In the first topic, 5G NR: What makes 5G better than LTE, I discussed about the major enhancements that 5G exhibits over the current LTE technology. This article will describe the changes along with their purposes for each of the 5G NR layers. So, let’s dig a bit deeper and review the 5G NR layers.
The first thing is the enhancement of the PHY layer especially the HARQ procedure. 5G NR introduces a concept of Code Block Groups (CBGs) which will essentially divide the transport blocks in smaller groups. These groups will be decoded by the UE and the UE will send HARQ feedback for each of the individual groups. The advantage of this approach is that since 5G will be supporting huge Transport Block Sizes (TBS) and the scheduler usually works with a 10% BLER target so this means that if the gNB is transmitting data to a UE with huge TBS, around 10% of this data will be retransmitted. However, if the transport block is divided into subsets – let’s assume 3 subsets – then the UE will send NACK for only the failed subset and the gNB will only need to retransmit the failed subset instead of the whole transport block. This can effectively reduce the overhead of retransmissions and improve the spectral efficiency. On the other hand, this requires an increase in HARQ feedback overhead, as previously, the UE will only send a single bit feedback for one transport block but now it will need to send multiple bits of feedback for each CBG inside the transport block. This overhead is reduced by implementing an adaptive CBG structure such that it is enabled or disabled by the gNB whenever required. So, the gNB can activate CBGs if the TBS is huge but it can deactivate the CBGs and fall back to the original TBS if the TBS is small as then the overhead of retransmission will also be tolerable.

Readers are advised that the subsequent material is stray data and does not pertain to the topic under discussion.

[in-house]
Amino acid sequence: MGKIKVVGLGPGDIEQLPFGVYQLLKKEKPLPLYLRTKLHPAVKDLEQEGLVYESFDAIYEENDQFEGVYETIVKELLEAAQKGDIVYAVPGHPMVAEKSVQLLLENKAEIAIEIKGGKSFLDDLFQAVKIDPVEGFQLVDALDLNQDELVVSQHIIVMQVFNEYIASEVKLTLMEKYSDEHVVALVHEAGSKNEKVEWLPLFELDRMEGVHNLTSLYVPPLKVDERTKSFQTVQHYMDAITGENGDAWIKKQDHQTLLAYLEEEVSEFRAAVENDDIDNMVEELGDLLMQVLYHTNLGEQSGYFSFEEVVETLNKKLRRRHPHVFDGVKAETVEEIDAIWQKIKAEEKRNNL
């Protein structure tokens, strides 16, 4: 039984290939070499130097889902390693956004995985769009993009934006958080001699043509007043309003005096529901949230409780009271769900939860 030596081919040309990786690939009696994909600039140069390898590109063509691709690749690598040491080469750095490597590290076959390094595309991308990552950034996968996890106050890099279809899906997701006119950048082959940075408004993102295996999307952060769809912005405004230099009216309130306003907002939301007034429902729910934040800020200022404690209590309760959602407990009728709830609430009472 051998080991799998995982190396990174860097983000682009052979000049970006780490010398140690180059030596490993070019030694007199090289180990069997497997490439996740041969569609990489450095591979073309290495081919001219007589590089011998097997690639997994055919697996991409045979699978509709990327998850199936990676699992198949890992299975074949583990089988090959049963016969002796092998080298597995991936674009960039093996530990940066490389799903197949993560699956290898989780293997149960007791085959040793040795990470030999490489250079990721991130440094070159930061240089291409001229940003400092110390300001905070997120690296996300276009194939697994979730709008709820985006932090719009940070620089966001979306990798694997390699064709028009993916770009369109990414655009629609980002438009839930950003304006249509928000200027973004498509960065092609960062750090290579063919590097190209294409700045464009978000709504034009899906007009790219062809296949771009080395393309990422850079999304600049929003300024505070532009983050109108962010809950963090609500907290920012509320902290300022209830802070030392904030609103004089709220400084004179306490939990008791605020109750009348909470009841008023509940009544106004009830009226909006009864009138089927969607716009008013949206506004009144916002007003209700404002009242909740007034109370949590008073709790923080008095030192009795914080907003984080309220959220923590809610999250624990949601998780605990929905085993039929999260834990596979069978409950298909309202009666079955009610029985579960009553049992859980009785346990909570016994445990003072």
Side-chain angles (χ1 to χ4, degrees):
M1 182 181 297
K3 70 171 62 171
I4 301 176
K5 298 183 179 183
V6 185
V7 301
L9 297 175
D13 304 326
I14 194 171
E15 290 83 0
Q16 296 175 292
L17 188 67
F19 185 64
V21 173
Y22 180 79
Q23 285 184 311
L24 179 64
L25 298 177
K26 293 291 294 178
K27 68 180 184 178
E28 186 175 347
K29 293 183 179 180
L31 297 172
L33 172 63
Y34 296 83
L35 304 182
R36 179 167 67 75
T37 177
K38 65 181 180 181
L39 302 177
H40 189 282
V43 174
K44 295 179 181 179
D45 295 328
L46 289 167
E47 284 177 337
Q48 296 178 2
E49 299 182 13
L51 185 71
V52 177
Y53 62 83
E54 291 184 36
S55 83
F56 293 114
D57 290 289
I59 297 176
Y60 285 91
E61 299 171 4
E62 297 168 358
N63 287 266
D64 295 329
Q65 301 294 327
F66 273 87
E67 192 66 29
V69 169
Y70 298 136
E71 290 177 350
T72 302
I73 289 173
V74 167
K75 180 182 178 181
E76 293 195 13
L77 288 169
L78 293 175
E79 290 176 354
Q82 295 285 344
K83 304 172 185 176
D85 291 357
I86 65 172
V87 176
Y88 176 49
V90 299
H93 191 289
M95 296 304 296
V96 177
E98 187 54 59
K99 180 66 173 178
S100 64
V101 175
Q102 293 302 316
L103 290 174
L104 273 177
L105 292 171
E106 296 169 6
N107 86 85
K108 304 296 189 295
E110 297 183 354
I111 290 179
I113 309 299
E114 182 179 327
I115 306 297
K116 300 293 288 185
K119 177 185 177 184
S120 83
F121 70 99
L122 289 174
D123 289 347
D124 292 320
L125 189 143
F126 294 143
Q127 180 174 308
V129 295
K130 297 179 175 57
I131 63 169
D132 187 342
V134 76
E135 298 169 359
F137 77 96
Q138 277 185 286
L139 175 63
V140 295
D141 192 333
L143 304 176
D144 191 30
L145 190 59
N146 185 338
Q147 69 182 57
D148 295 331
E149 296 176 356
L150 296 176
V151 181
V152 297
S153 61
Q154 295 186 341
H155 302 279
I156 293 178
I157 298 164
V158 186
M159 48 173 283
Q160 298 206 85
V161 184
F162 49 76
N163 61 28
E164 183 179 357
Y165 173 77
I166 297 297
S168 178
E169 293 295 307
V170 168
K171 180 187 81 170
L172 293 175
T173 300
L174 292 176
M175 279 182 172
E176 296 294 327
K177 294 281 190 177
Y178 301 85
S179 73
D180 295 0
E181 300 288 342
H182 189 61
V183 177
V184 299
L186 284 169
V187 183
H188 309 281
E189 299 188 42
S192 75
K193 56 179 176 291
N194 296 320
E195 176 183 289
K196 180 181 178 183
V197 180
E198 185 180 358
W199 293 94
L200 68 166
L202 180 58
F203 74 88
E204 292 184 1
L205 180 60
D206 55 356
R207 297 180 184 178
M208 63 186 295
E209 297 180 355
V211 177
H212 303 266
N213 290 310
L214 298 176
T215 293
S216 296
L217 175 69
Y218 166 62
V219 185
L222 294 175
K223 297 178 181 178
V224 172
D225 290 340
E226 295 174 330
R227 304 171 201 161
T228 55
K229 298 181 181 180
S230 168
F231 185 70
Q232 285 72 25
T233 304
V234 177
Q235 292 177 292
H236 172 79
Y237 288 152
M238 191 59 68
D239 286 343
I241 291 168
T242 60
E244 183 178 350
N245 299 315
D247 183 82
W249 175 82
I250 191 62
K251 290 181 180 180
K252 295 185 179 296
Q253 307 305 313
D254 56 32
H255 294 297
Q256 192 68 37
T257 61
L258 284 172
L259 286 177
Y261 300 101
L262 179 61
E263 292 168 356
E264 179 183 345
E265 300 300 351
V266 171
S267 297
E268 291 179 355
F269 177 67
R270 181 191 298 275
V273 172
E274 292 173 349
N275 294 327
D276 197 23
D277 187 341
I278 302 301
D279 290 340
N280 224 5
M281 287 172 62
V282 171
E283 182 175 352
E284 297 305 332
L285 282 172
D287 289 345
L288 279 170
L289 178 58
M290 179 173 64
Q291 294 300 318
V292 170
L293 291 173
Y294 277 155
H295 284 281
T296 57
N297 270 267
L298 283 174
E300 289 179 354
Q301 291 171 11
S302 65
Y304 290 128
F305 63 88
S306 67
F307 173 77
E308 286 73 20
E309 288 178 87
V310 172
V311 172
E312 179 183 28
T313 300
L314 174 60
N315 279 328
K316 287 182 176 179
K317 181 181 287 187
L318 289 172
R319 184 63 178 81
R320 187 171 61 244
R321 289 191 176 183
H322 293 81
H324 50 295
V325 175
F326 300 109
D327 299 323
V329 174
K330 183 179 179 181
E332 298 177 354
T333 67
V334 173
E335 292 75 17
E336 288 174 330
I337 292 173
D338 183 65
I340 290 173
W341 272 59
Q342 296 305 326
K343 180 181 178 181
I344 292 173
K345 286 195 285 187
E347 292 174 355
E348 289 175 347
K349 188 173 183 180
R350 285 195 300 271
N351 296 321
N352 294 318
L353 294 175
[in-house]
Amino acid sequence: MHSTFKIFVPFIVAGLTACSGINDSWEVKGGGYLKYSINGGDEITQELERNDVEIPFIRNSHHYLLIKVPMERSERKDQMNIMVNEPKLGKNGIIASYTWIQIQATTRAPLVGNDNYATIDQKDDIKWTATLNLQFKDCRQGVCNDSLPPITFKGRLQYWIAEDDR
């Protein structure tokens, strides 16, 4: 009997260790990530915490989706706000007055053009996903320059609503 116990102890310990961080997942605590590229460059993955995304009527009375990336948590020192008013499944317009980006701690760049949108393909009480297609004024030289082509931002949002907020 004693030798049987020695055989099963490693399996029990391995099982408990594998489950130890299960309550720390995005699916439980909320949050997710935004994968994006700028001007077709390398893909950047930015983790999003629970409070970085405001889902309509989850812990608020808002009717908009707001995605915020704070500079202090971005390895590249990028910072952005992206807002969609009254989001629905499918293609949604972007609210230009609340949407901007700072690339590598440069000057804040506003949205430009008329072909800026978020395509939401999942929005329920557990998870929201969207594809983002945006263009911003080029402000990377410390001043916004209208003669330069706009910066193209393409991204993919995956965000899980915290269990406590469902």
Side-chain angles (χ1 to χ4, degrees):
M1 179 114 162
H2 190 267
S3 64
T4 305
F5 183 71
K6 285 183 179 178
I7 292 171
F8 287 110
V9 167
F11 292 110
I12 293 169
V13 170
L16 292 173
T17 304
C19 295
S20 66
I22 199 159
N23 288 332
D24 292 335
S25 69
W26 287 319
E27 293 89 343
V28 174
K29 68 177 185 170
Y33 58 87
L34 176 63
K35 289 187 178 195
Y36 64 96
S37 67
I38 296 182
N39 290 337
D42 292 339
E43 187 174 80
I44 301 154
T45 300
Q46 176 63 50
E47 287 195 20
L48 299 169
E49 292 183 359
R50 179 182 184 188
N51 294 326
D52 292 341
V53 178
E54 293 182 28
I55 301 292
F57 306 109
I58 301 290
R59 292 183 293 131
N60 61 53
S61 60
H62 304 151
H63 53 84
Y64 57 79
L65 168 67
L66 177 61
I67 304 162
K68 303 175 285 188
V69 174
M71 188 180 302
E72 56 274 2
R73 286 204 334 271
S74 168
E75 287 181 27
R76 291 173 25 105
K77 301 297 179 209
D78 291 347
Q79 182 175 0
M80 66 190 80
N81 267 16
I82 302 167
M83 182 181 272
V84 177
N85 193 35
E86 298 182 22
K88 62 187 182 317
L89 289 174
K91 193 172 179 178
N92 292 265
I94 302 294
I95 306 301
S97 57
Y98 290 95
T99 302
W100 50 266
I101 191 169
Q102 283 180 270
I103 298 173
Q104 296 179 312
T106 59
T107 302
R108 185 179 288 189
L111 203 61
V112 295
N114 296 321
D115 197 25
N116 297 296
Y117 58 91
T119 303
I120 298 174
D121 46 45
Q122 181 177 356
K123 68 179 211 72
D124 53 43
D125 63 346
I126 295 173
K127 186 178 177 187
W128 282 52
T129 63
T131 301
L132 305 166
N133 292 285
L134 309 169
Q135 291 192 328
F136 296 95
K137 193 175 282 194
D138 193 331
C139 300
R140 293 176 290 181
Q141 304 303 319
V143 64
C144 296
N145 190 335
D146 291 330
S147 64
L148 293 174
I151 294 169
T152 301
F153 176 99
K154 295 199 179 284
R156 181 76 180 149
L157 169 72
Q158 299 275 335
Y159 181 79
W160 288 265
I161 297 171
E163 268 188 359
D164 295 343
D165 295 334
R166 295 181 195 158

The next thing is the RLC/MAC layer. The major difference at this point is that the function of concatenation has been moved down from RLC to MAC layer. In LTE, when PDUs arrive from PDCP to RLC, it is upto the RLC to concatenate them based on the requirement of the transport block and then pass the concatenated block to the MAC. However, in 5G NR, the RLC will just pass the PDU received from the PDCP to the MAC after the addition of the header information. Apparently, this change does not seem very significant but it has been thoroughly planned and designed. Consider the scenario, where a LTE UE needs to send 100 bytes and each packet is composed of 25 bytes at PDCP layer so it will request the eNB for an uplink grant by sending a BSR of 100 bytes. The eNB will provide the grant depending on the resources availability. Usually, when the UE requests a bigger grant, the eNB will provide multiple grants spread over multiple subframes to complete the BSR requirement. Hence, the UE will only get the information of the allocated grant after the eNB has sent the PDCCH DCI. This means that if the UE requested 100 bytes and the eNB gave the initial grant of 65 bytes, then the UE can only start building the transport block after the grant is received. This effectively means that since the concatenation is done at RLC for LTE, the data will be kept in the RLC and after receiving the grant of 65 bytes, it will perform concatenation to create a block of data that can fit in 65 bytes of available grant. Since, each packet at PDCP was of 25 bytes, then most probably, the RLC layer will concatenate 2 packets and might fragment the 3rd packet to create a 65 byte block. I am ignoring the header overheads here for the sake of simplicity. In 5G NR, since the concatenation is not done at RLC so in the case above, the RLC will just send the PDCP packets to the MAC after header addition and once the MAC gets the transport block size indication, it will concatenate the data and send it over the air interface. This approach reduces the pre-processing delay at the UE side since the data does not have to be kept above RLC until the TBS indication is received and it also reduces the latency incorporated by the RLC concatenation in above mentioned case.